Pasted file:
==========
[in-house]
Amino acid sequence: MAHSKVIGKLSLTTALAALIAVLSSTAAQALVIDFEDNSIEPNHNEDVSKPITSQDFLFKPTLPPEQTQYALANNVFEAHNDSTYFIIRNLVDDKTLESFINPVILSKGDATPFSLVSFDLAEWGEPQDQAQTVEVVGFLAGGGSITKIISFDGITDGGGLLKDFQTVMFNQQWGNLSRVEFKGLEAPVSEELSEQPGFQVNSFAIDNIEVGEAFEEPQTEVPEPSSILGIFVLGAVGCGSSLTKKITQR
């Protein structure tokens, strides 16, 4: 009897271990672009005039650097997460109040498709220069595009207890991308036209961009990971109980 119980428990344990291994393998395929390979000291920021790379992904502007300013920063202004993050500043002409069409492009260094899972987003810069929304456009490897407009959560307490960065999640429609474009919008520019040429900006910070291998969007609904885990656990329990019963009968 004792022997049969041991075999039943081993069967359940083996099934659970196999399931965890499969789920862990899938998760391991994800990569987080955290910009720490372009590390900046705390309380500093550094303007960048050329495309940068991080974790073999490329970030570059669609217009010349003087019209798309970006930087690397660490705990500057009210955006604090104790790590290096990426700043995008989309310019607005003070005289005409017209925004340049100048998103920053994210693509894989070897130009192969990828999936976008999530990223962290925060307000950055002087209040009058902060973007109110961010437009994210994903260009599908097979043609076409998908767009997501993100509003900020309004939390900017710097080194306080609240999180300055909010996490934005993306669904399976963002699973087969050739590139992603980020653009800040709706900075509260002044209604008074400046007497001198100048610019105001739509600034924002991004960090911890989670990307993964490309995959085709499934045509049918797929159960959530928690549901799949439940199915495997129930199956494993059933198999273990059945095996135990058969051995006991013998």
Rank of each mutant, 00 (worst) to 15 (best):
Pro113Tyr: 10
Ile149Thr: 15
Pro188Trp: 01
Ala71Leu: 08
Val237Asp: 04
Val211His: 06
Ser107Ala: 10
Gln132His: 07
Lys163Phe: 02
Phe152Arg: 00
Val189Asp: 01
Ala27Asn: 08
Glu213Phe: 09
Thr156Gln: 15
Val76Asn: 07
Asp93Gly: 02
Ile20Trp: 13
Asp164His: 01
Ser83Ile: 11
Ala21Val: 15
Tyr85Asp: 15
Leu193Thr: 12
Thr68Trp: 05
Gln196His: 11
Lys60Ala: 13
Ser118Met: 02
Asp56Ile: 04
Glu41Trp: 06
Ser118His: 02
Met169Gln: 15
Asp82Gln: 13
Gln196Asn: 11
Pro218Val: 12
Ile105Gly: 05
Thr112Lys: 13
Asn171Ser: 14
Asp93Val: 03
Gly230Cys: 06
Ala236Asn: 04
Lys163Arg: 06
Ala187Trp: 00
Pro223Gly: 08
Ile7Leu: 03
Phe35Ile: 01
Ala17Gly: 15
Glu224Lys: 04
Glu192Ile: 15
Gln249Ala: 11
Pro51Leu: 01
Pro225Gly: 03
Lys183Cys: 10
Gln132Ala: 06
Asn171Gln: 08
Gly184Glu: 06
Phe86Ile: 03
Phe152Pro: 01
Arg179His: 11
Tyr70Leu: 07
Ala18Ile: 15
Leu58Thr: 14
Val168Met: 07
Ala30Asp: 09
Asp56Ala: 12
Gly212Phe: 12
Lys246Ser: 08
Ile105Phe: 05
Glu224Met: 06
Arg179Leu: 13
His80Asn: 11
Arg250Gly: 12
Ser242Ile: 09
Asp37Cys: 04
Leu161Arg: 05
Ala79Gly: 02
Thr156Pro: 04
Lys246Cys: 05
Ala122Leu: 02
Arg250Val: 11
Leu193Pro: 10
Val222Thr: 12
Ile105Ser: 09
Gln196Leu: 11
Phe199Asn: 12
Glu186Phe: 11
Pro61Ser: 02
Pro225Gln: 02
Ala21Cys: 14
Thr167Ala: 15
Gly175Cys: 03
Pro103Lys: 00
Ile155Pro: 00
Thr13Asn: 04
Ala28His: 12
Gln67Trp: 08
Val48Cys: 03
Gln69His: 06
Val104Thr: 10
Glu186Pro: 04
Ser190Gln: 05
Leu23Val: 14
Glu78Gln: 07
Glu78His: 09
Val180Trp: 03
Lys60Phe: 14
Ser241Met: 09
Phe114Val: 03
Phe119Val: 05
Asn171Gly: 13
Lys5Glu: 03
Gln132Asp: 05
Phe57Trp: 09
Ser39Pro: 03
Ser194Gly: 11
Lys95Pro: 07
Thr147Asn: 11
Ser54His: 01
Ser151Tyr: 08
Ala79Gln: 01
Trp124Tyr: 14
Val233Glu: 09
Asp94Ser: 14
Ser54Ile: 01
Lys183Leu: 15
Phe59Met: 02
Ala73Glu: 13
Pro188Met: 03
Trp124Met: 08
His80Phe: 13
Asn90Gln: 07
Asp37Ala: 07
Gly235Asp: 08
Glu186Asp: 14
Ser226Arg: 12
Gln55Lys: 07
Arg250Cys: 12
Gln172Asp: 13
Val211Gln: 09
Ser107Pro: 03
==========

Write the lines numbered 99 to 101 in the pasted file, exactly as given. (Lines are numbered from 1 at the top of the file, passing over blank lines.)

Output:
Val48Cys: 03
Gln69His: 06
Val104Thr: 10